In order to solve such temperature-induced degradation problems, demand has increased for novel phosphors that have a flat, high-efficiency excitation band in the range of near ultraviolet/ultraviolet to blue light, and that have excellent stability of light emission characteristics in relation to the ambient temperature. For example, much research has been carried out in relation to, e.g., Ca-sialon-based phosphors (described in patent document 1) and other oxynitride phosphors. However, there are problems with Ca-sialon-based phosphors in that the emission efficiency of the phosphor is insufficient in comparison with a YAG:Ce phosphor, and since the half-value width is narrow, adequate brightness and color rendering properties cannot be obtained except at a specific color temperature, a plurality of phosphors must be mixed to obtain an emission device that has excellent color rendering properties, and the overall emission characteristics as an emission device are thereby reduced.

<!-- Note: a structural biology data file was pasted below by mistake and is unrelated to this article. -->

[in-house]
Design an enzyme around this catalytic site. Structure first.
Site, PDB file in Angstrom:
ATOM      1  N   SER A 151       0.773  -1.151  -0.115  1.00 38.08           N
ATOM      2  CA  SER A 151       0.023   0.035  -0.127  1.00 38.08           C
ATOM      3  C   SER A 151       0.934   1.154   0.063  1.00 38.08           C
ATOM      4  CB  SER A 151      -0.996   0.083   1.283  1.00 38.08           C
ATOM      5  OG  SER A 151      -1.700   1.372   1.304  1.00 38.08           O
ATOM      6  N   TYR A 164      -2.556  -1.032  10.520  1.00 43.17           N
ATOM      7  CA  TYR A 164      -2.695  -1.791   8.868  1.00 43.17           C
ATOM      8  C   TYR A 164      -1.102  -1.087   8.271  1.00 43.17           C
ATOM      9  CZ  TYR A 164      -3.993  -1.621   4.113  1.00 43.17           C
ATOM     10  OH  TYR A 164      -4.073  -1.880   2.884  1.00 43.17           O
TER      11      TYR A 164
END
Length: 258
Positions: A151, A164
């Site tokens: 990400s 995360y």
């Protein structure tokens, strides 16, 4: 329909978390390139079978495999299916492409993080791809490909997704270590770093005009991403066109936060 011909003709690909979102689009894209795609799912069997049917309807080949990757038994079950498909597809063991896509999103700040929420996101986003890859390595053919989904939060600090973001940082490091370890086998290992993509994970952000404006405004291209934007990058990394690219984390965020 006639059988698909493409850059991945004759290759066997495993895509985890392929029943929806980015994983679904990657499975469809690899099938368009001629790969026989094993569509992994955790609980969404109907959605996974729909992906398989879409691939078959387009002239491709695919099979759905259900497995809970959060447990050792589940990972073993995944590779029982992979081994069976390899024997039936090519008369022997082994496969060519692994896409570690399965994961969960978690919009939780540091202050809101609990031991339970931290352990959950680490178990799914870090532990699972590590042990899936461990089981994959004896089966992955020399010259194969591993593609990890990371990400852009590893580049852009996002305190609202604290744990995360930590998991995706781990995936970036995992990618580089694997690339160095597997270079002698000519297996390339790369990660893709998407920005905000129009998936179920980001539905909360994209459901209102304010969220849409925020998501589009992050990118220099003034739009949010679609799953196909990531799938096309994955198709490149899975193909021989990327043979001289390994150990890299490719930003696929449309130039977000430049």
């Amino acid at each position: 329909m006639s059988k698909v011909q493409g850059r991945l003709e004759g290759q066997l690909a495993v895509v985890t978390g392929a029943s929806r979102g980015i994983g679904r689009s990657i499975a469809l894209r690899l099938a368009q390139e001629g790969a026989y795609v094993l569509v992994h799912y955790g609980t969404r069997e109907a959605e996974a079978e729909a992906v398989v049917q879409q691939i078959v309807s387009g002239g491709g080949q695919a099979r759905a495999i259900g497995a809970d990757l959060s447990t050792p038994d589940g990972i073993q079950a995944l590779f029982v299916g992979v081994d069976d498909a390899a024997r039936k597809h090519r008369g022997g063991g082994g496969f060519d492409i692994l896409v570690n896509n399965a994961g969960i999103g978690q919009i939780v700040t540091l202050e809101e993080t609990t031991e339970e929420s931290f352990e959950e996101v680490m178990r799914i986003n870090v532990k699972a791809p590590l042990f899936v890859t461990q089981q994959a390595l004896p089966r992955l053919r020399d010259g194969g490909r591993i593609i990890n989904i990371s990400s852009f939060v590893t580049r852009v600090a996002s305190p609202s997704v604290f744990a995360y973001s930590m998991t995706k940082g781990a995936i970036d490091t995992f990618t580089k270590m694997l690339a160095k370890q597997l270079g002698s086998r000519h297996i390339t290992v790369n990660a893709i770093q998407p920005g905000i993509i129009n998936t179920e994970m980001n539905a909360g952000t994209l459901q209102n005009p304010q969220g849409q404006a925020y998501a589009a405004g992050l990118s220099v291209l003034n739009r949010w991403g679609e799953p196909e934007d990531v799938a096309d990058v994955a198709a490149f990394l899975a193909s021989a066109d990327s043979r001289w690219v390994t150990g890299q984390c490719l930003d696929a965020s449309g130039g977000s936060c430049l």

There has also been proposed a (Ca, Sr)2Si5N8:Ce yellow/green color phosphor (see patent document 6), which is a nitride phosphor of the same system as the phosphor described in patent document 1. The (Ca, Sr)2Si5N8:Ce yellow/green color phosphor has a problem in that the emission characteristics are poor and stability is reduced due to heat, but non-patent document 1 describes a solution to this problem in which Li or Na is added in a small amount to the phosphor matrix, whereby the emission characteristics are improved.

Disclosed in patent document 2 is an Sr—Al—Si—O—N phosphor that is different from the Ca-sialon-based phosphor, i.e., SrSiAl2O3N2:Ce, SrSiAl2O3N2:Eu, and Sr2Si4AlON7:Eu. However, these have poor emission efficiency, and are blue phosphors having a wavelength of 450 nm to 500 nm or red phosphors having a wavelength of 630 nm to 640 nm. A phosphor having good emission efficiency and an emission color from blue to orange in which the emission wavelength is 500 to 620 nm cannot be obtained.